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The farm that has become its own brand There is no other farm like Hälje Farm (Hälje Gård) near Umeå in the north of Sweden. Erik and Kristina Johansson have known this ever since they bought it a decade ago. Since then it has become the basis of their own unique rural enterprise. Their business idea has transformed it from just a farm into a fully diversified business and a viable rural company. Today Hälje Farm sells a balanced mix of over 15 different product and activity types. Its business is so diverse that it is hard to sum up. But everything has been thought through, and the livestock – cattle and sheep – form the heart of the farm. It is around them which most of the business revolves – in one way or another. Together with the personal qualities and skills of the farm owners, a unique totality has been created which has made the farm into a brand. "Our idea is to offer a unique range of experiences and good food in a charming setting," is the way Erik Johansson, sums it all up. Hälje Farm was originally a small dairy farm run along traditional lines. But when Erik and Kristina bought the farm 10 years ago a gradual transformation began with three points of focus. • Small-scale food production and sales. • Experience tourism as well as arranging parties and conferences • Biodiversity.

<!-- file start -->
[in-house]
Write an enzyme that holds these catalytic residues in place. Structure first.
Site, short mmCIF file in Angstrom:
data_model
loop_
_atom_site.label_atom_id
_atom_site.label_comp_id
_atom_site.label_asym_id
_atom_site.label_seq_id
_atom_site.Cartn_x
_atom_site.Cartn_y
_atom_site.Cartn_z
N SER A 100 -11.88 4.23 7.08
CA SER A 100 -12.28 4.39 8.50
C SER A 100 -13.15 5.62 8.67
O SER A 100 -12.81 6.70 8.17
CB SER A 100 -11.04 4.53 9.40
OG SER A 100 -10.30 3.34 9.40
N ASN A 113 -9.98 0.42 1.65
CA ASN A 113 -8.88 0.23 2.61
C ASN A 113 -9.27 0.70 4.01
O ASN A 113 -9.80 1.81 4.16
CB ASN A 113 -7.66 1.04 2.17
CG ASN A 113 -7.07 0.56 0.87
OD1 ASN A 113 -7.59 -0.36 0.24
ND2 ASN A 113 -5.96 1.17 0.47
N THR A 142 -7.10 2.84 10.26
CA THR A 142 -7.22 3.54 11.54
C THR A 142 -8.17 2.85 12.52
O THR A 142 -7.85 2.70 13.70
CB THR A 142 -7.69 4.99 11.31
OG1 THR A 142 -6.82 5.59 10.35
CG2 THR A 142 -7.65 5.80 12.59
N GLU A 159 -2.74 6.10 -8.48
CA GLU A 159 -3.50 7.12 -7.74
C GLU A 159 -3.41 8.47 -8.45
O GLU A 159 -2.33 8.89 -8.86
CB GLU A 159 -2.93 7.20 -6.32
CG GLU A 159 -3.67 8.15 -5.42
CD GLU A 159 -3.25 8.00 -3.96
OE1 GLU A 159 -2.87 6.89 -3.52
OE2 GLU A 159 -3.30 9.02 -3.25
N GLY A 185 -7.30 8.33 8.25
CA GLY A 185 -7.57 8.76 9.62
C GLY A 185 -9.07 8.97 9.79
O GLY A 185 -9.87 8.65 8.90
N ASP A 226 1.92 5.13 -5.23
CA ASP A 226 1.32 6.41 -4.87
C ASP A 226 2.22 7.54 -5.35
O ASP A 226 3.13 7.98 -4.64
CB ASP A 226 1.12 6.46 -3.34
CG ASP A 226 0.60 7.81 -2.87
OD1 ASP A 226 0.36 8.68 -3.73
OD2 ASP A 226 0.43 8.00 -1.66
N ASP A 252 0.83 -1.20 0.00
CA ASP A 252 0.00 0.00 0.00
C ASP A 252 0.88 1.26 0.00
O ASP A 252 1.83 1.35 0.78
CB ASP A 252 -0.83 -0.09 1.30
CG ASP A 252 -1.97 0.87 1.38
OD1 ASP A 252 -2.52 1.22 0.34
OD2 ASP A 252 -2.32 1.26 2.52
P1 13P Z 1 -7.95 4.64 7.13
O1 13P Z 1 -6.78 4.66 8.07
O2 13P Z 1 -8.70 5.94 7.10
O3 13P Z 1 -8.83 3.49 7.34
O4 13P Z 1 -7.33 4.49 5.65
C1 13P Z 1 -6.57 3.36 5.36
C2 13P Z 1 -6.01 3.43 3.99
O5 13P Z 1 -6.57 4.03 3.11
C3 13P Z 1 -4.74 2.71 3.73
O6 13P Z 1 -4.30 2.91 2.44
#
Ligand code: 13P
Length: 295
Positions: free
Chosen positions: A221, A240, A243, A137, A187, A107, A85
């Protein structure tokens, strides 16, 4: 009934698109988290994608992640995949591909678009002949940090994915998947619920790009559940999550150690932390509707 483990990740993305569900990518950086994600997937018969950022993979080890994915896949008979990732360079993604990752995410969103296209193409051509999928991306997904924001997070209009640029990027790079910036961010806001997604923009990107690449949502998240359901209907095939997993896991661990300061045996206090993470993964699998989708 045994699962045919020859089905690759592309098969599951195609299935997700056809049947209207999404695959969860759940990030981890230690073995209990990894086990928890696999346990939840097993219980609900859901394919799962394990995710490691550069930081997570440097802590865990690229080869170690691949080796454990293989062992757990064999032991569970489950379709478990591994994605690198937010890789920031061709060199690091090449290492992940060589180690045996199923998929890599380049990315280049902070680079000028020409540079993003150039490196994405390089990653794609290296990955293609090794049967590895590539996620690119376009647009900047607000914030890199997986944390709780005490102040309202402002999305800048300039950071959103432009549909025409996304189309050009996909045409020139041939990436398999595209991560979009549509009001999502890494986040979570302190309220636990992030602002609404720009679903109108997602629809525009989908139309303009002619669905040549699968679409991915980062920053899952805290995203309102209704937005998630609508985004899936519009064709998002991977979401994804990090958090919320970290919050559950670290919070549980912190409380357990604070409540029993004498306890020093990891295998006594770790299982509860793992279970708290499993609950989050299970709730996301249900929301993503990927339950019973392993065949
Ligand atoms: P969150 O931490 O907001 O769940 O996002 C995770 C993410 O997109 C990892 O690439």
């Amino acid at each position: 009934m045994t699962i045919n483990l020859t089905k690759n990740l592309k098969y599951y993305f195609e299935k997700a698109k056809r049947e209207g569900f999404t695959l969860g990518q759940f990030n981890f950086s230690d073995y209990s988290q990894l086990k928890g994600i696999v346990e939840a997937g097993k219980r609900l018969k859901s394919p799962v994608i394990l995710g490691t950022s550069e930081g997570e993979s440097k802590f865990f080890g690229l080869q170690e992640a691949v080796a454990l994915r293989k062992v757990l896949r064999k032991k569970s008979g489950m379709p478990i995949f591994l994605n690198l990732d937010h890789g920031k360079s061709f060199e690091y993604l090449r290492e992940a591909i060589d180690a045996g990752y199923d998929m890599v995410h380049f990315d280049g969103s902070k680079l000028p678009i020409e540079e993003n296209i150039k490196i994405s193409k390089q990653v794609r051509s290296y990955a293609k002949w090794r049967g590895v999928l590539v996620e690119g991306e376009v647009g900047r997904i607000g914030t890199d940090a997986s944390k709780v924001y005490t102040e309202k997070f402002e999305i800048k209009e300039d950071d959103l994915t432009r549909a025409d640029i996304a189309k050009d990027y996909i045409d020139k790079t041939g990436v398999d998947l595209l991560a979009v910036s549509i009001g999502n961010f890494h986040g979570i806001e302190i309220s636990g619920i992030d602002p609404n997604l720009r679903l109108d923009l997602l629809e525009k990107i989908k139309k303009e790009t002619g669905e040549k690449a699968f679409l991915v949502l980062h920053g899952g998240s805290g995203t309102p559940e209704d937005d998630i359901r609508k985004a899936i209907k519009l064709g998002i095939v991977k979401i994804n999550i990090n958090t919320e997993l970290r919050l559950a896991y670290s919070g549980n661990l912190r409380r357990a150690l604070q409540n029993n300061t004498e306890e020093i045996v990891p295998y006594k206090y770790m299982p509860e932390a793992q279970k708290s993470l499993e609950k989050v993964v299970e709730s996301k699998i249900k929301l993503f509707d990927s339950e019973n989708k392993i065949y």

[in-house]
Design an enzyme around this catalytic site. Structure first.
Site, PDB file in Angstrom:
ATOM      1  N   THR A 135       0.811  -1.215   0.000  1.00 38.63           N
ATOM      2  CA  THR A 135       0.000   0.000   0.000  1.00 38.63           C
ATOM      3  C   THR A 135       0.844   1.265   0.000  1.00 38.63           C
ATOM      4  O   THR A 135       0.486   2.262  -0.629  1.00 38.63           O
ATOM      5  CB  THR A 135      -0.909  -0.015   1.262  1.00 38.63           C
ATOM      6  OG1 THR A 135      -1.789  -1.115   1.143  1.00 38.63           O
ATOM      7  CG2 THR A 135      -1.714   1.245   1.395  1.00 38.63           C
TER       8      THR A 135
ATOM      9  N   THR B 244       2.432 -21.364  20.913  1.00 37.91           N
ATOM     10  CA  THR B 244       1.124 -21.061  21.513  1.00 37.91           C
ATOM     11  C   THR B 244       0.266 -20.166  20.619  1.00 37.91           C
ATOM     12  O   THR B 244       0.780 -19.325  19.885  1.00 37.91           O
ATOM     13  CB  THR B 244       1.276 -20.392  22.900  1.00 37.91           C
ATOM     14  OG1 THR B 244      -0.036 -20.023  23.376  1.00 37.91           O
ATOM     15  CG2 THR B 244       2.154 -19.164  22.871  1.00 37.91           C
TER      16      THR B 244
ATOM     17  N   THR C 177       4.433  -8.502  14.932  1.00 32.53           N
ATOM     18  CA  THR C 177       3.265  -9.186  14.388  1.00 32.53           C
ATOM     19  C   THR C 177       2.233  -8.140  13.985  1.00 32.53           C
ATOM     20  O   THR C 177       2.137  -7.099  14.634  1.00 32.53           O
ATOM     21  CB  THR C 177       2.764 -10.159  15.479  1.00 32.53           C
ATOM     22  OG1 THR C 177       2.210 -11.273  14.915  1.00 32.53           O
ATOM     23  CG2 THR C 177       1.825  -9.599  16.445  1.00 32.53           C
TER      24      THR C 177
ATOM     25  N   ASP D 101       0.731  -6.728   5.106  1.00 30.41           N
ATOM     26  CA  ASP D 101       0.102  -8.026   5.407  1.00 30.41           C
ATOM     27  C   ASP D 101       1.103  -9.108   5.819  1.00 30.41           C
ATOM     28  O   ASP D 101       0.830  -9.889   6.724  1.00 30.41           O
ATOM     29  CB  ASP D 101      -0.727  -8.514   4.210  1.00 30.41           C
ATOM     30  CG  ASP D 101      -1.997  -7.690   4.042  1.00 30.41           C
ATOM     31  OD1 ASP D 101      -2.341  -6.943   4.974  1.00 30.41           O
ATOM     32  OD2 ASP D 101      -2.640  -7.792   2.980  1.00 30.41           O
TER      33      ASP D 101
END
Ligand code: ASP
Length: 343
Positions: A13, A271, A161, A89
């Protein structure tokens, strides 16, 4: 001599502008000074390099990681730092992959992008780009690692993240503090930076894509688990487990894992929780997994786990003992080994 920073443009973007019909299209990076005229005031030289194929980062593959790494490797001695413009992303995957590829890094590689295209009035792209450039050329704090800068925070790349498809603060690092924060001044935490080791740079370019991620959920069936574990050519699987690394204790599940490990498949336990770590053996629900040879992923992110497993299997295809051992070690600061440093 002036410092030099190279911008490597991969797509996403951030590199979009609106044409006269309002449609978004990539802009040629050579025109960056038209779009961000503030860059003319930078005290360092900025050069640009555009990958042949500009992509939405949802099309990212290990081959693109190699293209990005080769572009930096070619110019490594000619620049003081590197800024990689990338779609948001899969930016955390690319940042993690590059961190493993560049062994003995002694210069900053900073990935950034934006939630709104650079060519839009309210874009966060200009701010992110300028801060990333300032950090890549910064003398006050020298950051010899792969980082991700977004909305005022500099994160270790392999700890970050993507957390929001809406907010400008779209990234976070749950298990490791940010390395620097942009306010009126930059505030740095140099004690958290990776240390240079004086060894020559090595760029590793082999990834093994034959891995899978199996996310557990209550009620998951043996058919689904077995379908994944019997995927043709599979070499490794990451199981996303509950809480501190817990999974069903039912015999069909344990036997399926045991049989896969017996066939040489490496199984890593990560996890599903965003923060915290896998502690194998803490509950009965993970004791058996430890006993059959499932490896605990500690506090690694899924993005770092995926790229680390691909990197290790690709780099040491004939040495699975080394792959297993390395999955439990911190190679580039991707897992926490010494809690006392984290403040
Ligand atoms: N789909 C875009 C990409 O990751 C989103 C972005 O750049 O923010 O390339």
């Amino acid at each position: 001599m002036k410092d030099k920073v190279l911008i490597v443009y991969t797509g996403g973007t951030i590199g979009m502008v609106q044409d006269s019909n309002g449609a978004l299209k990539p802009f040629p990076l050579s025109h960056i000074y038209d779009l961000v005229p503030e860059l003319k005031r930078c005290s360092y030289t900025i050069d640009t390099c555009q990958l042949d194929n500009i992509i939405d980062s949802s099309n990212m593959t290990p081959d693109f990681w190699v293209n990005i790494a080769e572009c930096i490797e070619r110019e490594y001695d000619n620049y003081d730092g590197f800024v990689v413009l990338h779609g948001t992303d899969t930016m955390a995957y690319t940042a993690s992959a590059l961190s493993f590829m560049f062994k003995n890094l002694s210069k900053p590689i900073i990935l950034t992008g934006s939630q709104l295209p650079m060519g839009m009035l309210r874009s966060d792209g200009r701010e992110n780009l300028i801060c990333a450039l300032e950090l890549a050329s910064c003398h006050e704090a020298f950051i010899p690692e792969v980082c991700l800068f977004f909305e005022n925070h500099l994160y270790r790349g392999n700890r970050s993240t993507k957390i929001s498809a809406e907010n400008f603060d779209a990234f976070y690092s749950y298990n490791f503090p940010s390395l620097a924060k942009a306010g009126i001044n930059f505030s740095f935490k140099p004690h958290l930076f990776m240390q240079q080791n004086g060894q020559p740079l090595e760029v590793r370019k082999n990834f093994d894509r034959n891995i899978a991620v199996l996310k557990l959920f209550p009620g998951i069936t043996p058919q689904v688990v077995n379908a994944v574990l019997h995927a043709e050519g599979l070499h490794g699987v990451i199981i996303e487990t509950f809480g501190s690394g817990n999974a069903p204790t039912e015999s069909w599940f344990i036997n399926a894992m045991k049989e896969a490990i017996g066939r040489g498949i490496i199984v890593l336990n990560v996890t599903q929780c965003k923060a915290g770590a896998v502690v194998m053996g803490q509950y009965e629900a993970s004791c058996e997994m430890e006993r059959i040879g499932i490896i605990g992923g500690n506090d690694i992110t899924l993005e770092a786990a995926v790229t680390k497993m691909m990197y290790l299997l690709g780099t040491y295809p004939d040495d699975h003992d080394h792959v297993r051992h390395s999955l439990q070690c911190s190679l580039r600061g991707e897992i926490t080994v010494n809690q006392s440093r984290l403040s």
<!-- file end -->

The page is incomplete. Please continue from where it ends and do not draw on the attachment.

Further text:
Keeping their own animals is a condition for the smallscale food production and sales, and for keeping the land open and retaining the beautiful environment. But Hälje Farm also collaborates with a number of other farms in the vicinity to acquire sufficient raw materials. In the farm shop Erik and Kristina Johansson sell meat from sheep and cattle and also locally produced sausage, fish, traditionally baked flatbread, sheepskin rugs, dairy products, potatoes and their own brand of barbecue spice. Experience tourism and activities is another branch of the business that has proved to be profitable. At Hälje Farm conferences and parties are arranged to order, combined with a unique range of activities. Everything is spiced with humour and a feeling for what is marketable among families with children, the general public and companies in the area near the farm. One example is the recently constructed restaurant with the possibility of arranging conferences with catering